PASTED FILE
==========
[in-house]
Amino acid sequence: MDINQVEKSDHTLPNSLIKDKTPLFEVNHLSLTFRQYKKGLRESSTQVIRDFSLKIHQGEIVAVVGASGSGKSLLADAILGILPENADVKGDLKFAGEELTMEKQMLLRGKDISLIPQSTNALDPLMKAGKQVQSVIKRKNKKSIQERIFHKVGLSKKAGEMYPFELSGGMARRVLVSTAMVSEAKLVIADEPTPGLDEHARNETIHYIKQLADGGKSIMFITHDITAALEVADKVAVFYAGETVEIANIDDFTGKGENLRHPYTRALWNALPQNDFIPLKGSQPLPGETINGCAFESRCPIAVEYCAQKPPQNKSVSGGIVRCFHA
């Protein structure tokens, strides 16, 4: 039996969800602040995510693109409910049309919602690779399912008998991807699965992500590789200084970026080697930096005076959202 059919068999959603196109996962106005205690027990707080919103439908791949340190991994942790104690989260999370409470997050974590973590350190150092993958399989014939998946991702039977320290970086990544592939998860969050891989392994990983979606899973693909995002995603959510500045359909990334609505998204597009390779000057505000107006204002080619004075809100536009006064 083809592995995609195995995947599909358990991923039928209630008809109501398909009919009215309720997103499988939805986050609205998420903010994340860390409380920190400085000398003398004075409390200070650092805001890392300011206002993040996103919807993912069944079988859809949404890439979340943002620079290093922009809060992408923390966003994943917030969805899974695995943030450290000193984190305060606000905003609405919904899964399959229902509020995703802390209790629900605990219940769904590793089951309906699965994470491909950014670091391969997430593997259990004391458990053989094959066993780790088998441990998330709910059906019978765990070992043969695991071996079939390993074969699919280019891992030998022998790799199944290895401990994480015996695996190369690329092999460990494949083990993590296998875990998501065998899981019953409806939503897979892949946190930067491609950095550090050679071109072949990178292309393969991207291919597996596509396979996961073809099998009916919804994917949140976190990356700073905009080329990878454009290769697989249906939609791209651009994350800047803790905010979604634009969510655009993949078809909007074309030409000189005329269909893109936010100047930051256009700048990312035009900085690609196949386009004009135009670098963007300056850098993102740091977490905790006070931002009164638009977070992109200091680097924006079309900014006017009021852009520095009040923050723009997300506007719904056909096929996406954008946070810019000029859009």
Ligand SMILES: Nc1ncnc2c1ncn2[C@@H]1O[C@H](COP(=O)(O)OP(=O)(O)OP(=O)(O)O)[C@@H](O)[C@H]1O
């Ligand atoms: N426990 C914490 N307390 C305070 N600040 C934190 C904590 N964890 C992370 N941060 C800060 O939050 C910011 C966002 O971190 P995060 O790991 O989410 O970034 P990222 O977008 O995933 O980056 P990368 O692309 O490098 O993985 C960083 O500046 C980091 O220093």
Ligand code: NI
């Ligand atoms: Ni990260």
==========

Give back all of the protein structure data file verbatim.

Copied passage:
[in-house]
Amino acid sequence: MDINQVEKSDHTLPNSLIKDKTPLFEVNHLSLTFRQYKKGLRESSTQVIRDFSLKIHQGEIVAVVGASGSGKSLLADAILGILPENADVKGDLKFAGEELTMEKQMLLRGKDISLIPQSTNALDPLMKAGKQVQSVIKRKNKKSIQERIFHKVGLSKKAGEMYPFELSGGMARRVLVSTAMVSEAKLVIADEPTPGLDEHARNETIHYIKQLADGGKSIMFITHDITAALEVADKVAVFYAGETVEIANIDDFTGKGENLRHPYTRALWNALPQNDFIPLKGSQPLPGETINGCAFESRCPIAVEYCAQKPPQNKSVSGGIVRCFHA
């Protein structure tokens, strides 16, 4: 039996969800602040995510693109409910049309919602690779399912008998991807699965992500590789200084970026080697930096005076959202 059919068999959603196109996962106005205690027990707080919103439908791949340190991994942790104690989260999370409470997050974590973590350190150092993958399989014939998946991702039977320290970086990544592939998860969050891989392994990983979606899973693909995002995603959510500045359909990334609505998204597009390779000057505000107006204002080619004075809100536009006064 083809592995995609195995995947599909358990991923039928209630008809109501398909009919009215309720997103499988939805986050609205998420903010994340860390409380920190400085000398003398004075409390200070650092805001890392300011206002993040996103919807993912069944079988859809949404890439979340943002620079290093922009809060992408923390966003994943917030969805899974695995943030450290000193984190305060606000905003609405919904899964399959229902509020995703802390209790629900605990219940769904590793089951309906699965994470491909950014670091391969997430593997259990004391458990053989094959066993780790088998441990998330709910059906019978765990070992043969695991071996079939390993074969699919280019891992030998022998790799199944290895401990994480015996695996190369690329092999460990494949083990993590296998875990998501065998899981019953409806939503897979892949946190930067491609950095550090050679071109072949990178292309393969991207291919597996596509396979996961073809099998009916919804994917949140976190990356700073905009080329990878454009290769697989249906939609791209651009994350800047803790905010979604634009969510655009993949078809909007074309030409000189005329269909893109936010100047930051256009700048990312035009900085690609196949386009004009135009670098963007300056850098993102740091977490905790006070931002009164638009977070992109200091680097924006079309900014006017009021852009520095009040923050723009997300506007719904056909096929996406954008946070810019000029859009």
Ligand SMILES: Nc1ncnc2c1ncn2[C@@H]1O[C@H](COP(=O)(O)OP(=O)(O)OP(=O)(O)O)[C@@H](O)[C@H]1O
């Ligand atoms: N426990 C914490 N307390 C305070 N600040 C934190 C904590 N964890 C992370 N941060 C800060 O939050 C910011 C966002 O971190 P995060 O790991 O989410 O970034 P990222 O977008 O995933 O980056 P990368 O692309 O490098 O993985 C960083 O500046 C980091 O220093």
Ligand code: NI
């Ligand atoms: Ni990260």